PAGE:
Jesus exemplified self-control many times, in His dealings with the religious leaders, in His power over temptation, in His willingness to submit to the tortures of, and leading up to His crucifixion, to name a few. He never retailiated when wronged nor tried to defend Himself against His persecutors. He was victorious over the enemy and His own flesh in His wilderness testing. He is our model for what self-control looks like.

As believers, we often work harder to try to control others than we do ourselves. Leaders frequently attempt to control their congregations because of the fears and shame they struggle with. Yet, as Graham Cooke says, “Self-control is the only legitimate form of control in the Church.” Stiving to control others is actually a form of witchcraft, and a sign that the controller is controlled by fear and shame.

Self-control is one facet of God’s Spirit that is sadly lacking in many churches and believers’ lives. A lack of self-control often manifests in angry outbursts and fits of rage, fleshly indulgences like overeating, overspending, pornography, sexual sin and various addictions. Rather than seeing it for what it is and seeking help, many come up with excuses as to why they are the way they are, and that they can’t help themselves, which is another example of a victim mentality. When we succumb to this toxic thinking, we are deceiving no one but ourselves.

Two of the enemy’s favorite forms of temptation are the lust of the flesh and the lust of the eyes. He used this tactic back in the Garden of Eden and still does to this day. If he can tempt us to indulge our fleshly desires and passions, he can damage and even destroy our witness for the Lord. We must learn to recognize his subtle strategy and resist him by submitting to God’s Spirit and the fruit of self-control. If Jesus lives in us, it is not impossible, for He is far greater than the enemy. We can do ALL things through His limitless strength within us!

We become what we behold, so the key to allowing the fruit of the Spirit to flow through us is to meditate upon these virtues as seen in our Lord and Savior. As we meditate upon His Word, we, like Jesus, become the word made flesh, taking on His likeness more every day. When we demonstrate the fruit of self-control, others will take notice and know there is something different about us. And more importantly, we will bring glory and honor to God.

Overcoming Temptation

No one is immune to temptation. It is familiar to us all. It entered the human temptationexperience at the beginning of time and is one of the three most common ways the enemy attacks us. The Scriptures give many examples of the temptations of the saints and provide wisdom to help us if we will heed it.

The first instance is found in Genesis 3, the story of the fall of man. No doubt, we are all familiar with the details, however; there are a couple of things I want to point out. First, the enemy lies to Adam and Eve, telling them that God has lied to, and withheld something valuable from them. (v. 4-5) At that moment, a seed of doubt was sown into their minds about the trustworthiness of their Creator. This seed of doubt, this thought, was the impetus for the temptation.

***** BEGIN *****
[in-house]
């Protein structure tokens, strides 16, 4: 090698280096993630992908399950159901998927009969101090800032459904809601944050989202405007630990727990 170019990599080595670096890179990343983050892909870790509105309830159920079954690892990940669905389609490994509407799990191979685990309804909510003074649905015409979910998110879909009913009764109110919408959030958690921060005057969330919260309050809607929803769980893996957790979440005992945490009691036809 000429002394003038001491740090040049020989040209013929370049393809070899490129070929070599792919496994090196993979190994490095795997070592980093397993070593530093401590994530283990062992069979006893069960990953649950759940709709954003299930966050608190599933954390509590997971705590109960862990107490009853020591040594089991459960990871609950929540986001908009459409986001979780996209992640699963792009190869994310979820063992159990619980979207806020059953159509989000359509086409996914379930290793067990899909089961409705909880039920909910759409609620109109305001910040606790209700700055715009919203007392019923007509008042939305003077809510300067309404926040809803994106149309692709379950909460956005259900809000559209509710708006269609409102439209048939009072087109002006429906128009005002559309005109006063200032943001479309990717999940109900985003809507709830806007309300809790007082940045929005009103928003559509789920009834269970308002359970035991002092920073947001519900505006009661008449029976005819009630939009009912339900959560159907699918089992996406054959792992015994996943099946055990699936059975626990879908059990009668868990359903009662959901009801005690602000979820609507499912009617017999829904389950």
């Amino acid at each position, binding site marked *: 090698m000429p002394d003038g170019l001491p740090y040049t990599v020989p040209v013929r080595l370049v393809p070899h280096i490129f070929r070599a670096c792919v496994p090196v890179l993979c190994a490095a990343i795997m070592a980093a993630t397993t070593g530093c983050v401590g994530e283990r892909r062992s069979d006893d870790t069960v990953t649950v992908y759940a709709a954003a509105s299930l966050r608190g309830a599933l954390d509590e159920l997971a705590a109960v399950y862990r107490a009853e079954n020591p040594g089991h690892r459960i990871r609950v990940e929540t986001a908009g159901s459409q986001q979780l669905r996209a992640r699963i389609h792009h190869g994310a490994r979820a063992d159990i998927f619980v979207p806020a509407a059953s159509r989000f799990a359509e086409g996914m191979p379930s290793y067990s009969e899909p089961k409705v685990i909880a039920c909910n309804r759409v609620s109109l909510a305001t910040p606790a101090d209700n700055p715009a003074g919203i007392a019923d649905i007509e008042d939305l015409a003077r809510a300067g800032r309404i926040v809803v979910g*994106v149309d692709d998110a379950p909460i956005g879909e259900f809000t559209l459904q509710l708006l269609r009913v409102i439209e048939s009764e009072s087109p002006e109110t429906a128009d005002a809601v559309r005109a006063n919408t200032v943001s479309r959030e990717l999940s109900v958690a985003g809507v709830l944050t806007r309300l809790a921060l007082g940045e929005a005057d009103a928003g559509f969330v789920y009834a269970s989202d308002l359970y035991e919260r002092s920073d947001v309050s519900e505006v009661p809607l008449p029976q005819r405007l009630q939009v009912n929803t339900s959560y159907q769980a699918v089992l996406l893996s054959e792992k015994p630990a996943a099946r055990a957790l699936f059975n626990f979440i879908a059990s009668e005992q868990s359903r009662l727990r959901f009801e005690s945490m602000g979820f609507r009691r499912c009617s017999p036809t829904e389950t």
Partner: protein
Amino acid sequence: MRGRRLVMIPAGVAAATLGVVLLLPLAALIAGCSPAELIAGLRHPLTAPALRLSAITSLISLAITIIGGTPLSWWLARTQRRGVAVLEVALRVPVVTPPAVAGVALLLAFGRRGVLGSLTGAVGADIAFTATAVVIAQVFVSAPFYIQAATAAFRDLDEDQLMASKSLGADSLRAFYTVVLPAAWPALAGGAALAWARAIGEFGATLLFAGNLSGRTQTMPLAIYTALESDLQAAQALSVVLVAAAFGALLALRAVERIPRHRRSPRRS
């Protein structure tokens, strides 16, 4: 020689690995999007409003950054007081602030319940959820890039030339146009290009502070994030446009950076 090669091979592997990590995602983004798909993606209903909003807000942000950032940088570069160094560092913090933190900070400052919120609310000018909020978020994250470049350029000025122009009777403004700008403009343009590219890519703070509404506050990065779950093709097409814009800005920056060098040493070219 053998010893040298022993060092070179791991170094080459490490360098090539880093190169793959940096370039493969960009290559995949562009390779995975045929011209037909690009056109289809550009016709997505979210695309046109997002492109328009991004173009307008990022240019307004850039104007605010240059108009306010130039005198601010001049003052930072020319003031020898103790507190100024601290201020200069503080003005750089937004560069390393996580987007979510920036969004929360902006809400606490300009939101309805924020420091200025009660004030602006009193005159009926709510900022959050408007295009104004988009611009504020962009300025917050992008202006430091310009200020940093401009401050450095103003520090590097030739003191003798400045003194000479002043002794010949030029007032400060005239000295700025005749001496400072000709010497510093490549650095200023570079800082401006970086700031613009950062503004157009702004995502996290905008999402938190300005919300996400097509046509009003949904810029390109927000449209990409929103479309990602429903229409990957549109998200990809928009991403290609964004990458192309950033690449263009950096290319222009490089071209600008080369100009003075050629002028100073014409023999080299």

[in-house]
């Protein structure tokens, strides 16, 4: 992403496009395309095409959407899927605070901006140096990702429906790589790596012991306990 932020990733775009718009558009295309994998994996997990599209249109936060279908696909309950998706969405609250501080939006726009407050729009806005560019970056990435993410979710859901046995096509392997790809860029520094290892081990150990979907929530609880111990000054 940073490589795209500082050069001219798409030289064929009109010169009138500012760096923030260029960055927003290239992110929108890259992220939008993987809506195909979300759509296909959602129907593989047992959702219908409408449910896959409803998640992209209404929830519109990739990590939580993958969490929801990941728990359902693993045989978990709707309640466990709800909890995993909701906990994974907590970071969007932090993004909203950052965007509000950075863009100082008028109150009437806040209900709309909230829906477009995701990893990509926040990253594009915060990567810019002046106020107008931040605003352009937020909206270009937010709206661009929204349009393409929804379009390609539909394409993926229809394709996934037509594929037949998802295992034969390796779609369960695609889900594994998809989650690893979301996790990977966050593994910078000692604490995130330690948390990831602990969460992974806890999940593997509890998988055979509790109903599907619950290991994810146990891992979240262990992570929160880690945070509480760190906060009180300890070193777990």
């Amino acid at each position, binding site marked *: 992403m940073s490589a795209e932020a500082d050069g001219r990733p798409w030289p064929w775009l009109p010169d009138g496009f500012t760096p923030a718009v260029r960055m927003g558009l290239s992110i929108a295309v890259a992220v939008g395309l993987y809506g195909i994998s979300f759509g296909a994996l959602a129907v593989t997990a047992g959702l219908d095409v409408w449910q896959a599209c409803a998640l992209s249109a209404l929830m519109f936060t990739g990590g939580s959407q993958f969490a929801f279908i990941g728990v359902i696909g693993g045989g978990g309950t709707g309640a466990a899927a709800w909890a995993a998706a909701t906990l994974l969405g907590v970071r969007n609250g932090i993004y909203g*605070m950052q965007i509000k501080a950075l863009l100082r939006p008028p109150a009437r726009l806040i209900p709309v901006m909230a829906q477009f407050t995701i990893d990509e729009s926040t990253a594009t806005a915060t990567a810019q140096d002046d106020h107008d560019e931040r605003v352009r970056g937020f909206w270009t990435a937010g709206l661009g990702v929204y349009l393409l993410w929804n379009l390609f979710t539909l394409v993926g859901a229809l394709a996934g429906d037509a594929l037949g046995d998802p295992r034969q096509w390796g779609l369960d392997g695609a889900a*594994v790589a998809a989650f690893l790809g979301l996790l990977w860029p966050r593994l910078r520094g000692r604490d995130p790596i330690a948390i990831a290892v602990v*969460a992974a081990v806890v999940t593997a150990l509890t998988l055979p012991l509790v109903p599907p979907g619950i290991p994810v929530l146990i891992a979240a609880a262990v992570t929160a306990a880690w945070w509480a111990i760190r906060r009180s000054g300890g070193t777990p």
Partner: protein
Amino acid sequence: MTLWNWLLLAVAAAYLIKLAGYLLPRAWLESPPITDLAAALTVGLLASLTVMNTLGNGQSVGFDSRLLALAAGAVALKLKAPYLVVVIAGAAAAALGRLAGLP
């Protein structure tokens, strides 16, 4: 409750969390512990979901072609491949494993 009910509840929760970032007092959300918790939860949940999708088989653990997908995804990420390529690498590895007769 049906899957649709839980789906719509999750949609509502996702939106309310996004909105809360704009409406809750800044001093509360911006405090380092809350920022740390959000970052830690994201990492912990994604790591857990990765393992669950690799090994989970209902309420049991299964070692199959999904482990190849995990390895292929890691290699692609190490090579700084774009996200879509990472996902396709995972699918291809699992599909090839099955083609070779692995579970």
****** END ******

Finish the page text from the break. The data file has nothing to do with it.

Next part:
The thought, when dwelled upon, caused the first couple to consider their options. If God couldn’t be trusted and was withholding something of value from them, what was it? Eve looked at the fruit, turning her focus away from the One who had freely given them everything their hearts could long for. She chose to turn her attention to that which He had not given them, and had actually forbidden them to have. In doing so, she “saw that the fruit of the tree was good for food and pleasing to the eye, and also desirable for gaining wisdom, she took some and ate it. She also gave some to her husband, who was with her, and he ate it.” (v. 6)

There are three main areas the enemy targeted – the lust of the flesh, the lust of the eyes, and the pride of life. The lust of the flesh involves satisfying our appetites. The lust of the eyes speaks of greed, envy, and coveting that which we do not have. The pride of life includes that which we can achieve or accomplish. 1 John 2:16 further confirms this, “For everything in the world—the lust of the flesh, the lust of the eyes, and the pride of life—comes not from the Father but from the world.”

Jesus was tempted in the same ways during His time in the wilderness. (Matthew 4:1-11) We, too, have been or will be, tempted in these areas. It is not a sin to be tempted; it is a part of life in this fallen world and will be until Jesus returns. Many years ago, a former pastor said to me, “Temptation is about fulfilling a legitimate, God-given need, in an illegitimate way.” God has given us valid needs and desires that we cannot deny. He has promised to meet every need and longing of our heart when we seek Him first. Our part is to trust Him. Every temptation we face is another opportunity to trust Him.

When those seeds of doubt come and the devil whispers in our ear, “Did God really say…?” we must keep our eyes fixed on Him and remember, “For we do not have a high priest who is unable to empathize with our weaknesses, but we have one who has been tempted in every way, just as we are—yet He did not sin.” (Heb. 4:15) The One who overcame all temptation lives within us that we also might overcome!